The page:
Some Dance to Remember: A Memoir-Novel of the Golden Age of Gay Liberation in San Francisco 1970-1982
Some Dance to Remember: A Memoir-Novel of the Golden Age of Gay Liberation in San Francisco 1970-1982
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Some Dance to Remember: A Memoir-Novel of the Golden Age of Gay Liberation in San Francisco 1970-1982

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Call NumberPS 3556.R5694S66 1990
Sub-CollectionReference Collection
Dates1990
Statement of ResponsibilityBob Mizer Foundation, Inc.
Creators & ContributorsJack Fritscher (has as author)
Jack Fritscher (has as author)
SummaryThis is the reissue of this classic in gay literature looking at the golden age of gay liberation. The Harrington Park Press is proud to bring this classic of gay literature to a new generation of readers. "Some Dance to Remember", out of print for over a decade, has been referred to as "The Gay Gone with the Wind", but such words do not do justice to this story. "Some Dance to Remember" uses the quintessential gay love story between a writer and a bodybuilder to capture the tone, setting, style, events and essence of the Gay Liberation Generation of the 1970's. It is a lyrical romance, a comedy, and a tragedy wrapped up in the historical context of the life and times of San Francisco, during the decade that changed the world. This historical epic seethes with sex, love and passionate characters. Lives are built, lives are destroyed. Brimming with ideas and meticulous details, this entertaining, sharp-witted and totally enthralling story chronicles an extraordinary time in an extraordinary place that shall never be forgotten. Ryan O'Hara takes the lead in this wild story of love, sex, fear, and abandon. He is a writer, coming to San Francisco during this golden age to seek a voice not only for himself but also for the burgeoning gay liberation movement galvanising the country. Enter Kick Sorensen, Ryan's "perfect man," the drop-dead beautiful blonde bodybuilder who may or may not be all he seems...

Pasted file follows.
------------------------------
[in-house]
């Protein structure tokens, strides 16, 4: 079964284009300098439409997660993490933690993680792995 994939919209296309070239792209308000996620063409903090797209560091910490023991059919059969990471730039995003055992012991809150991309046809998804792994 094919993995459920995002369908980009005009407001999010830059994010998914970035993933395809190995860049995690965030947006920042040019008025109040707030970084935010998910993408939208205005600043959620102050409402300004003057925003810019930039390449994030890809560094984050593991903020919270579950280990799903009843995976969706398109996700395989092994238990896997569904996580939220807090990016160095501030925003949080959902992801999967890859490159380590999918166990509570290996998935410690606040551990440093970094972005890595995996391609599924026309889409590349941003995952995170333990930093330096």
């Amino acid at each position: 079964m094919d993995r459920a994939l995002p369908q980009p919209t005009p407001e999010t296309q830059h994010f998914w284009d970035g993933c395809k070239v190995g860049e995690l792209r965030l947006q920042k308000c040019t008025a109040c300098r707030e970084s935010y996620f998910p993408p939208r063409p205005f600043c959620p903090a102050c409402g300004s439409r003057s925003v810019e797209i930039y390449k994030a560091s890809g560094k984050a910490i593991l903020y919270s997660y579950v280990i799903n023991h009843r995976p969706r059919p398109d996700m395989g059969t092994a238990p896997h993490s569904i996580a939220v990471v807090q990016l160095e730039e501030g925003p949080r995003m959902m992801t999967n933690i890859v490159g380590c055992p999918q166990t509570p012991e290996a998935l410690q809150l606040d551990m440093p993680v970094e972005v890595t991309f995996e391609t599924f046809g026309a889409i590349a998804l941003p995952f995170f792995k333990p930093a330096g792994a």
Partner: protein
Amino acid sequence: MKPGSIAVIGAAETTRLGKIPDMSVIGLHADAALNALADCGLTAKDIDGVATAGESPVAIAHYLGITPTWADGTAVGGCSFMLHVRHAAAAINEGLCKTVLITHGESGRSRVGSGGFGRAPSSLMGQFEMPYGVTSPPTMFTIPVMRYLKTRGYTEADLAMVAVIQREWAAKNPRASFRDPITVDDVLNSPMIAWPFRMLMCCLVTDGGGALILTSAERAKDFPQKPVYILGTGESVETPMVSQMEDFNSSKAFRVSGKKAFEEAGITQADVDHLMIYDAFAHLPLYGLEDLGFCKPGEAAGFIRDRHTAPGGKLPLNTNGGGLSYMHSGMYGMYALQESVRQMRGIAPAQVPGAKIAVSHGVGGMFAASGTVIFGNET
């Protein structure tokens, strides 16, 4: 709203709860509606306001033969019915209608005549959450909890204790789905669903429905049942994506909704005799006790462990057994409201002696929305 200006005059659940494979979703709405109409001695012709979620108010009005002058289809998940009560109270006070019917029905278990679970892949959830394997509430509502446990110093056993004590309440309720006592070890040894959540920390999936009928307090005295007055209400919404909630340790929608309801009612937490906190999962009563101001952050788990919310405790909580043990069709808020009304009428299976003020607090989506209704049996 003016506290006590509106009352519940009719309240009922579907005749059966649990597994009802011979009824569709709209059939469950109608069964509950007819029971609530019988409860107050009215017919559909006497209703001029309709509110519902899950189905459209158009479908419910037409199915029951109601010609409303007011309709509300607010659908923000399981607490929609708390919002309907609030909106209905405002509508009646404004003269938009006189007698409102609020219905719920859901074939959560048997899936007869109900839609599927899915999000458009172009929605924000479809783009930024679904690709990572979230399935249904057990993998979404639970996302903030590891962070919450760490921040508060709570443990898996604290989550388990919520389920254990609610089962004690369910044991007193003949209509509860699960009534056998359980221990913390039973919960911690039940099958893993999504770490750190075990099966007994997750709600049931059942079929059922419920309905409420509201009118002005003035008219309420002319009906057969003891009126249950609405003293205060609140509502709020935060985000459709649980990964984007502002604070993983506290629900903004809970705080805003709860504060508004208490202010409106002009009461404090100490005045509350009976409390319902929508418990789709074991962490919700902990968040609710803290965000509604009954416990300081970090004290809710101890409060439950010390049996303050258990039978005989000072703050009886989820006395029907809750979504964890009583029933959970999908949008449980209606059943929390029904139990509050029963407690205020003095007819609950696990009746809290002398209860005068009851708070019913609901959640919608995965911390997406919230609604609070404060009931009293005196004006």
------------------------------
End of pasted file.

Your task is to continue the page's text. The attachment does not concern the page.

Physical Description 562 pages
Carrier Typevolume
LanguageEnglish
PublisherKnights Press
RecognitionGifted by Trent Dunphy and Robert Mainardi of The Magazine